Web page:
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Chris Eubank: ‘When I beat Nigel Benn, nobody could criticize me’

Eubank (right) on the attack against Benn in their 1993 super middleweight unification fight. Photo by THE RING Archive
12
Feb

Chris Eubank and Nigel Benn shared one of the most heated rivalries British boxing has ever seen. There was serious animosity between the pair who, to this day, still don’t see eye to eye.

Benn, a former Commonwealth champion, had won the WBO middleweight title by knocking out Doug DeWitt in eight rounds in April 1990. However, the charismatic power-puncher had kicked open the door to stardom when he stopped former middleweight champion Iran Barkley in his first defense.

While Benn was posting these career-best victories on U.S. soil, Eubank was competing at a much lower level in the U.K. and making noise about fighting his fearsome compatriot at every opportunity.

“It was difficult because it didn’t seem to me that anyone saw that (Benn) was behaving like a blockhead,” said Eubank in relation to his rival’s ferocious demeanor. “It seemed like this was normal for how a boxer should behave.

“He made me look like a choirboy. That’s what the press said at the time. The term ‘choirboy’ was used in a derogatory way to suggest I didn’t know what I was doing and that I was naïve. But a choirboy is how you are supposed to behave in terms of manners, conduct, respecting your adults, punctuality; these are prerequisites which makes a man whole. So, I knew, even if I lost the fight, my mother could still be proud of me.”

The pair met at the National Exhibition Center in Birmingham, England, on Nov. 18, 1990. Eubank entered, habitually, to the strands of ‘Simply the Best’ by Tina Turner, but his song was hijacked halfway through by Team Benn who began their own ring walk early. Eubank remained unfazed and performed his trademark vault over the top rope.

The two men stood in their respective corners. Eubank tapped his gloves and eyed his opponent. Benn remained perfectly still and stared daggers at the challenger.

It was an intense encounter with terrific ebb and flow. In the fourth round, Benn landed a huge right uppercut that caused Eubank to bite through his own tongue. The challenger swallowed large amounts of blood for the remainder of the contest but, fearful that the fight would be stopped, he kept the injury to himself. Benn was also on the receiving end, his left eye swollen shut by the end of the fifth.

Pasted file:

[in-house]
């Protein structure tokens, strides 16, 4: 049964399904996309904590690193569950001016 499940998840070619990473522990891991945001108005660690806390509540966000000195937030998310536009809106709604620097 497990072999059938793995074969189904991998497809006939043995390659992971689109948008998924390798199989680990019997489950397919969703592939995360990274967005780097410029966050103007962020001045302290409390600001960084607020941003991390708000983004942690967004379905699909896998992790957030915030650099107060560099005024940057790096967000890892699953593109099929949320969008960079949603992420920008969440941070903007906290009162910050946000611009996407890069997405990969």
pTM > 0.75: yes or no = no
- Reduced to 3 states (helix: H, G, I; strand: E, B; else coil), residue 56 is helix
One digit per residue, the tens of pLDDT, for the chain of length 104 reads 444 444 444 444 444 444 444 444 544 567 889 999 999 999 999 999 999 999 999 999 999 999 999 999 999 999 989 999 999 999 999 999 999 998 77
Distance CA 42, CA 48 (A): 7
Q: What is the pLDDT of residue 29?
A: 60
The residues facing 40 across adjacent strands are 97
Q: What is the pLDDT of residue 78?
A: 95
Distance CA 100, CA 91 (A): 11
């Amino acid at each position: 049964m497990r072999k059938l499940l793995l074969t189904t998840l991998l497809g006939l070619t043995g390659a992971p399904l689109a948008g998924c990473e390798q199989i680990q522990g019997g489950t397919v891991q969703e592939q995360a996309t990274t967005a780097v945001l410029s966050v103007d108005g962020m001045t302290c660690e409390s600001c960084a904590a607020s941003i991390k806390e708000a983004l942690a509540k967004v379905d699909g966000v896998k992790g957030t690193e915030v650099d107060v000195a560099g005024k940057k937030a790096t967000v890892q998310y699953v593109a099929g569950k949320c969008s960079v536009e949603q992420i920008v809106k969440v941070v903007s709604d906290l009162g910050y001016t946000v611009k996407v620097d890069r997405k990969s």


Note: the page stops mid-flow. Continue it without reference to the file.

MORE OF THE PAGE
Ths eye-damage meant the defending titleholder could no longer see Eubank’s vaunted right hand coming, and when that punch landed solidly in the ninth, Benn was unable to recover. Referee Richard Steele called a halt the action and a new champion was crowned.

“It was a close fight, but I think even that was unfair because if you watched the fight, as vicious as the fight was, I don’t think I was behind,” Eubank said. “I think I won most of the rounds on boxing ability, craftsmanship and good common sense being applied.”

Because of the way Eubank conducted himself during the buildup and the way the fight unfolded, he feels that only jealousy could cause fans to dislike him.

“(Benn) was a Godsend,” he said of his frenzied rival. “When I beat him, nobody could criticize me. There was no reason to dislike me. If they did, they were being bigoted, having double and triple standards.

“As a fighter, shouldn’t you want me to behave this way? It was jealousy. What they say about jealousy is as follows: jealousy is a tribute that mediocrity pays to genius.”

Over the next three years, both men moved up to super middleweight to claim world honors. Eubank won the WBO title and extended his unbeaten record to (35-0-1), while Benn captured the WBC belt and won 10 fights in succession. It was inevitable that they would meet again.

Following extensive negotiations, the rematch took place on Oct. 9, 1993. This was a genuine superfight at Old Trafford stadium, the home of soccer team Manchester United, and over 47,000 fans were in attendance. Both sides had agreed, prior to the fight, that the winner and loser would sign with U.S promoter Don King, who arrived in town to add to the theatre.

As Eubank vaulted the ropes on this occasion, hall-of-fame boxing commentator Reg Gutteridge famously bellowed, “The ego has landed”.

Again, Eubank and Benn fought on even terms and the 168-pound unification bout was declared a draw. However, in a way, this was like a win for Team Eubank, because the tied result allowed promoter Barry Hearn to exploit a loophole in the contract with King and they were no longer obligated to sign with him.

“(Benn) should have won the fight; he did enough to win the fight” Eubank said of their second encounter. “For me it was never a matter of hate. This was an individual who I needed to win against to get out of (an apartment) and into a house.”

Stay-tuned for Best I Faced: Chris Eubank

 

Questions and/or comments can be sent to Anson at [email protected] and you can follow him at www.twitter.com/AnsonWainwright

 

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